The same as in any other math class. All functions are relations but all relations are not functions. A function must have only one 'answer' in the range for each value of the domain. Relations are just pairing of numbers with no such restriction on the range.
The domain and range of the composite function depend on both of the functions that make it up.
Domain and range are used when you deal with functions - so basically you use them whenever you deal with functions.
The domain is the set of all input values, the range is the set of all output values. It is not possible to be more specific when you have not included any details of the functions.
The inverse of the inverse is the original function, so that the product of the two functions is equivalent to the identity function on the appropriate domain. The domain of a function is the range of the inverse function. The range of a function is the domain of the inverse function.
All functions are relations with the condition that each element of the domain is paired with only one element of the range. A relation is any pairing of numbers from the domain to the range.
Yes, for some functions A, and not for others.
Domain is what you can plug into the function (possible x values for y=f(x) type functions) and range is the possible values you can get out (possible y values).
Some functions are only defined for certain values of the argument. For example, the the logarithm is defined for positive values. The inverse function is defined for all non-zero numbers. Sometimes the range determines the domain. If you are restricted to the real numbers, then the domain of the square root function must be the non-negative real numbers. In this way, there are definitional domains and ranges. You can then chose any subset of the definitional domain to be your domain, and the images of all the values in the domain will be the range.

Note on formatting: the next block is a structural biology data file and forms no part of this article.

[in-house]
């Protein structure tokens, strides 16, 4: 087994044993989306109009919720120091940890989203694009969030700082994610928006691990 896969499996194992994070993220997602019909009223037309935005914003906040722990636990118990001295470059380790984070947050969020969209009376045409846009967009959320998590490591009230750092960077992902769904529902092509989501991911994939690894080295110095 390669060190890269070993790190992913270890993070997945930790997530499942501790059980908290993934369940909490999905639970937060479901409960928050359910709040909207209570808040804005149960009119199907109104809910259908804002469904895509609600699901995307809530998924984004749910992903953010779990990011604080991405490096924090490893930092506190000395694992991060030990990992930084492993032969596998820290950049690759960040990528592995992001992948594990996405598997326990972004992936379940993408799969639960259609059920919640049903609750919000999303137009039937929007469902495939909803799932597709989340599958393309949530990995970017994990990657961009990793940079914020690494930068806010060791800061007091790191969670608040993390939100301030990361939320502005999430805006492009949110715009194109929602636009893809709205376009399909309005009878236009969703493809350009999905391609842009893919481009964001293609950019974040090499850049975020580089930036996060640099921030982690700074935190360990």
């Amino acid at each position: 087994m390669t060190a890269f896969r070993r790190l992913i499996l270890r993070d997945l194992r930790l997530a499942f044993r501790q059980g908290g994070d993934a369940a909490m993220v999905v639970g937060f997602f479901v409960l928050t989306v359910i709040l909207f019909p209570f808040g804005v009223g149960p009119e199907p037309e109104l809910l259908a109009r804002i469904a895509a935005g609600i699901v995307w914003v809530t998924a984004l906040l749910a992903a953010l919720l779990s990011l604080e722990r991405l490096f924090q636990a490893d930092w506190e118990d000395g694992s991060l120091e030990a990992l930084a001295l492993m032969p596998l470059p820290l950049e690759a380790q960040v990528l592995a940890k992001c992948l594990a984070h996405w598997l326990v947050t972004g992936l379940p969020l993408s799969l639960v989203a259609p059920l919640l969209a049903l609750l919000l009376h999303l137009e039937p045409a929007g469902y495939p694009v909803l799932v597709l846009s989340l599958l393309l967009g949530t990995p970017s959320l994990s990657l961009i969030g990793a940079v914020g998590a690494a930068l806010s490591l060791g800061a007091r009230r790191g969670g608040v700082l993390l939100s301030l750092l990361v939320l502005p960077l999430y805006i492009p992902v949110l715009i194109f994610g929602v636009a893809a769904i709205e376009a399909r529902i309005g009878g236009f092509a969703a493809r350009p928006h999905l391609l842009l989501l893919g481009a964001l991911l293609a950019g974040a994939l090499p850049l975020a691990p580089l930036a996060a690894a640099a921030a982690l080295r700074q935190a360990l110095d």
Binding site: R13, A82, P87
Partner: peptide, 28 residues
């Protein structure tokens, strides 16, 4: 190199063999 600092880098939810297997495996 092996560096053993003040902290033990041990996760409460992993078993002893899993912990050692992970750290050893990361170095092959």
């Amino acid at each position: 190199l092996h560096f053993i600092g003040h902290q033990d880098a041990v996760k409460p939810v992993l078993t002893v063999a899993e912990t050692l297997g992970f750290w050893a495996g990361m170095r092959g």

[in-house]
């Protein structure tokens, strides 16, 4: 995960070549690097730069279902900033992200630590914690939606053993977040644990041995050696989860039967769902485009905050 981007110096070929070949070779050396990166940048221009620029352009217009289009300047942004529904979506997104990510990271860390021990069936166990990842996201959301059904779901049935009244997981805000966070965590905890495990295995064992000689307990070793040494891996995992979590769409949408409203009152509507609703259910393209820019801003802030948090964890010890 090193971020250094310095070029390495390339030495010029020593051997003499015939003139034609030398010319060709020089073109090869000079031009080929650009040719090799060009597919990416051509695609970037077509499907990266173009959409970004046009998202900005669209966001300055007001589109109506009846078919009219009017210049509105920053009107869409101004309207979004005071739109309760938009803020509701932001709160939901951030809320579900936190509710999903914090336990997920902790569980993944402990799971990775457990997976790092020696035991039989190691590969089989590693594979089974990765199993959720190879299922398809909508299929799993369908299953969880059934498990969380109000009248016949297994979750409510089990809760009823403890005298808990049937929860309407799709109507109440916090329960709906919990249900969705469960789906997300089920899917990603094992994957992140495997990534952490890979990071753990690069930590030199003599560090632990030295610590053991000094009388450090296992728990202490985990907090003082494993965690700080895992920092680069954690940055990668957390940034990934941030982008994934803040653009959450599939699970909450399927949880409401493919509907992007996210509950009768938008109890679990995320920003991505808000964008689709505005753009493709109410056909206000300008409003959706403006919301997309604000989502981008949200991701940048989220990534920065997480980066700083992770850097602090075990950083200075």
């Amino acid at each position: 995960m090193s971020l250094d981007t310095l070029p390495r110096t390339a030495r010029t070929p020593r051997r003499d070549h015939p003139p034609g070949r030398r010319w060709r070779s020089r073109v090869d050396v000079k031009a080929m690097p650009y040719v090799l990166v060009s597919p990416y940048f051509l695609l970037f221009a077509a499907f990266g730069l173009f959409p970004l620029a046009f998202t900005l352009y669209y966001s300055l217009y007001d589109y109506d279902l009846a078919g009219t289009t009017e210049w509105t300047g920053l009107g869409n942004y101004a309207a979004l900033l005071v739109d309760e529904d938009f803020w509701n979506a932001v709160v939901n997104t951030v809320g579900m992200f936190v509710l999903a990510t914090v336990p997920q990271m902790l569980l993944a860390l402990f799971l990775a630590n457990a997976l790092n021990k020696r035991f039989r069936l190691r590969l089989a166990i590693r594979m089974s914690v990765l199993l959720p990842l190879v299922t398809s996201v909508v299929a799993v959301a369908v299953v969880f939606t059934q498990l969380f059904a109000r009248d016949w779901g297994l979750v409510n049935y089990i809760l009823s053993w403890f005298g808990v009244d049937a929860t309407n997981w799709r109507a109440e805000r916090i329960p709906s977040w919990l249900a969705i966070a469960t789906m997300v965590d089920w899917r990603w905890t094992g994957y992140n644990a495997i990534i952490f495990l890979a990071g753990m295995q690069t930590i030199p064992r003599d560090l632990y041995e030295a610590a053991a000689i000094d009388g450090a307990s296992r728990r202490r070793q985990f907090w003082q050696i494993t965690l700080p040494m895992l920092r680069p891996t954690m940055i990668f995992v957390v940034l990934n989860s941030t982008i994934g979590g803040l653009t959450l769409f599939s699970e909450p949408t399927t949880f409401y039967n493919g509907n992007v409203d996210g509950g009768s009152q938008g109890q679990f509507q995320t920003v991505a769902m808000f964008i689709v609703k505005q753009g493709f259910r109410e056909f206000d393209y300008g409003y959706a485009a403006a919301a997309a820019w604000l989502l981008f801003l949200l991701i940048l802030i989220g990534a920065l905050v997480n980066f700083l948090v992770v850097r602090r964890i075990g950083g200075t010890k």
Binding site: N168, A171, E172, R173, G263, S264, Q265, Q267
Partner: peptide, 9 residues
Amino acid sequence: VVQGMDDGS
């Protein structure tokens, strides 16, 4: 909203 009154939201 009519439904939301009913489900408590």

A function is a mapping between two sets, the domain and the range, such that each element in the domain is mapped to only one element in the range. This is true for all lines in a plane except those that are parallel to the y-axis. Thus, all non-perpendicular lines are functions but vertical lines are not functions.
This is a function. Functions are used in trigonometry and algebra equations. They are also used in calculus to find out a series of numbers.
There are two types of functions in trigonometry: there are functions that are mappings from angles to real numbers, and there are functions that are mappings from real numbers to angles. In some cases, the domains or ranges of the functions need to be restricted.
The six basic functions of trigonometry are the sine, cosine, tangent, cosecant, secant, and cotangent functions. Abbreviated sin, cos, tan, csc, sec, cot.
It can be quite hard. First determine the domain. Then, for every input value from the domain, calculate the output value. The set of all these output values is the range. For simple functions you will not need to find every output value. For monotonic continuous functions the end points of the domain will determine the endpoints of the range. [Monotonic means never decreasing or never increasing]. For non-monotonic functions, for example a quadratic or polynomial of higher order, you may need to find the turning points.
No. The domain is usually the set of Real numbers whereas the range is a subset comprising Real numbers which are either all greater than or equal to a minimum value (or LE a maximum value).
Not specifically trigonometry, but functions in general. As a general rule, functions must be evaluated before using the results in other parts of the calcuation.
Other names for Y value
The domain and range are two different sets associated with a relationship or function. There is not a domain of a range.
No. If the range of the first function is not the domain of the second function then the composite function is not defined.